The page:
Food is a very important concept of Argentine culture. One of my argy friends half joking told me once… ‘A day without beef in no day at all’. I think this is a very important statement as they are very proud of their cows and their asados (BBQ’s) are to die for. They talk about food a lot… always compliment the cook if eating at someone’s home… they will appreciate it… and often times expect it!
Many are stubborn and like Rebekah said in her post… they are taught things in the schools that may not be what you or I were taught in a different nation… or consider common knowledge. I did get into arguments about things with friends… and many would not back down from their previously acquired knowledge and listen to your reasoning. This was tough at times… but I can understand and most were willing to listen and tell you their opinion.
Tolerance IS something that most argentines need to work on (tough I do think that it needs to be worked on in most cultures). Gays and people of different races often receive much unwanted attention. I think this is partly because of machismo… but it is kind of bad at time… especially among young people 17-25. Intolerance of other races, is just due to the fact that Argentina is a homogenous nation. Therefore they have not been forced to hard to assimilate many from other non-anglo races. They also have issues with the indigenous people… and have many derogatory names for them and use these names on other people.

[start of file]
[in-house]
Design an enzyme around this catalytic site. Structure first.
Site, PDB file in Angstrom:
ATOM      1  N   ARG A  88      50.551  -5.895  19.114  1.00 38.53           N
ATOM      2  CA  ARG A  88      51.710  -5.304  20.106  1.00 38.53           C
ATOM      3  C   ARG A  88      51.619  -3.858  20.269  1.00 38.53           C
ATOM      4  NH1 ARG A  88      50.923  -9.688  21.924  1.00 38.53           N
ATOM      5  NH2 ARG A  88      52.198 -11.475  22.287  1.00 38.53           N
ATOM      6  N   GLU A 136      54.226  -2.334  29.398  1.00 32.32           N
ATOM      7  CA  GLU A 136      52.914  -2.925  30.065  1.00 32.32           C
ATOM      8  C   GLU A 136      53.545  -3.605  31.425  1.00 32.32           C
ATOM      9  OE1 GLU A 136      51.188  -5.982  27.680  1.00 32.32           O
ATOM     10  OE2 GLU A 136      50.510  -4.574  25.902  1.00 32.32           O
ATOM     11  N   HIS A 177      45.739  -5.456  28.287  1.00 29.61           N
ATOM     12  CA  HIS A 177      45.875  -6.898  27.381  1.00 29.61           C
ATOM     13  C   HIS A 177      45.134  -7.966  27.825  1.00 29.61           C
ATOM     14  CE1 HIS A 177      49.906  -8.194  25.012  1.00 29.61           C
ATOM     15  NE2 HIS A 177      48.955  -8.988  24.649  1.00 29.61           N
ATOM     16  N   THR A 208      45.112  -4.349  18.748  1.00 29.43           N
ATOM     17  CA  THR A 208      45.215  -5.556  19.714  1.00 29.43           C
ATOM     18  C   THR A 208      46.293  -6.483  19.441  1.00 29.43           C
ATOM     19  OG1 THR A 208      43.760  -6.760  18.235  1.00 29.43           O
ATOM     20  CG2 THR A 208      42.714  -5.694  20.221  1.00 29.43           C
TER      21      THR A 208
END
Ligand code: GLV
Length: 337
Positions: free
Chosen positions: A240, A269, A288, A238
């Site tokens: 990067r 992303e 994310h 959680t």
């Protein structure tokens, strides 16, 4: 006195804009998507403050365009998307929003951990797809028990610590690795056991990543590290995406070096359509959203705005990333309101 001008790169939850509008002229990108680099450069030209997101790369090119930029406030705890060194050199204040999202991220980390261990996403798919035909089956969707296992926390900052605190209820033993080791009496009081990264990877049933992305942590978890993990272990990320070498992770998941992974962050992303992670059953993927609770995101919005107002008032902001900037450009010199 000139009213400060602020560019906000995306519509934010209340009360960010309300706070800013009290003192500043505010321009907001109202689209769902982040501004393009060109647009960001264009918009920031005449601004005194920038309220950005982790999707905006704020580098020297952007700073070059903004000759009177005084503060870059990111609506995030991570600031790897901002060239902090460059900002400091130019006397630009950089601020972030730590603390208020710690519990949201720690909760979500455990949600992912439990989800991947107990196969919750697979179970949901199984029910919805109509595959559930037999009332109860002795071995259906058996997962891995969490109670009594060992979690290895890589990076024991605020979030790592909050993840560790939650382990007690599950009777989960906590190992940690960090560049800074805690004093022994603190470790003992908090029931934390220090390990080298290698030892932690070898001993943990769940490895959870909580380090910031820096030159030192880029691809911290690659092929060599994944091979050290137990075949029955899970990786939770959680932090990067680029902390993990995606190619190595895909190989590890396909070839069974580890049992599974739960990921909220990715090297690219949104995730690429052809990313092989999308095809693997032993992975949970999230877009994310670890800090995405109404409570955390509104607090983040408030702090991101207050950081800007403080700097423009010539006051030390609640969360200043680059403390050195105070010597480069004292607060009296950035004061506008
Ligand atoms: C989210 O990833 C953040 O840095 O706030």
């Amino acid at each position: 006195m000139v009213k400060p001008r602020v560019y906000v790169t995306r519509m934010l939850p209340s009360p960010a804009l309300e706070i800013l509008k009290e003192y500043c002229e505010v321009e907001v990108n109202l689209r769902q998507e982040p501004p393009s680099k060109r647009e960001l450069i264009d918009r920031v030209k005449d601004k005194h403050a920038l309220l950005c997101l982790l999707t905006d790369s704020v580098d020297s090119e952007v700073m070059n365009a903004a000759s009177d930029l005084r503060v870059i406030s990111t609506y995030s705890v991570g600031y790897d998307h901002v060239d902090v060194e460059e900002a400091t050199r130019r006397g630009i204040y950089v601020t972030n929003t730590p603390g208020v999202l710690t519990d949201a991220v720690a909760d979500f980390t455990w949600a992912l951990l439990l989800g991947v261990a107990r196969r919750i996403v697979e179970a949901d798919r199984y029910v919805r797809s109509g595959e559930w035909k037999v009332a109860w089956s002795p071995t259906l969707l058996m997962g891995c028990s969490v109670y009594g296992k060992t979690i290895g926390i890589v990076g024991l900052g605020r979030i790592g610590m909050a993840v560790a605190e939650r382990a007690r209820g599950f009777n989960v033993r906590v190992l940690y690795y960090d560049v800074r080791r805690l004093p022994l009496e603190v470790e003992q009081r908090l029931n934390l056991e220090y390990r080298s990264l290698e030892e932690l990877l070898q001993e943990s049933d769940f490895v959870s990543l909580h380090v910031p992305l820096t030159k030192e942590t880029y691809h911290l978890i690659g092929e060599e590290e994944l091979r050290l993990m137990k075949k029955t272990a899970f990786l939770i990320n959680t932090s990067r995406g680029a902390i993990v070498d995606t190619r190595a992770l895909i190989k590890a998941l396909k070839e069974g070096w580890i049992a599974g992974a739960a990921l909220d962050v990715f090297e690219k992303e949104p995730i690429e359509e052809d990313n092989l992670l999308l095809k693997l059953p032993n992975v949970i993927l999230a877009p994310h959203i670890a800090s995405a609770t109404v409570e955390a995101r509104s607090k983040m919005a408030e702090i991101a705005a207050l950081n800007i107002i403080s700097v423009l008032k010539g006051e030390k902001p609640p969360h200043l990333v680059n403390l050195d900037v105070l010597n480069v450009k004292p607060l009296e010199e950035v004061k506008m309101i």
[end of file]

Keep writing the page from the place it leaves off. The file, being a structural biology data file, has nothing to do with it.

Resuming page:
Most argentines are honest…. In regards to things we lie about in other cultures. They don’t try to flatter people and don’t tend to be superficial in the ways that many are in the US.
They tend to still have a more traditional society but that is changing over time. Women and men are not commonly friends… like they are in the US. There are more examples… but I can’t think right now.

Over all the argentines are very lovely people and are a delight to spend time with.
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Marcethebest



Joined: 13 Feb 2005
Posts: 60
Location: Argentina

PostPosted: Tue Feb 22, 2005 5:37 pm    Post subject: Reply with quote

Thanks for the accurate comments about US , the argentines, nomada ! Wink
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carlos-england



Joined: 16 Jul 2004
Posts: 165
Location: Buenos Aires - Cabalitto

PostPosted: Tue Feb 22, 2005 6:44 pm    Post subject: Reply with quote

Hi Marcela

No, I now live in England, but I contacted
the Argentine embassy and one of their
attaches had no idea what I was talking
about... but the derecto is on the immigration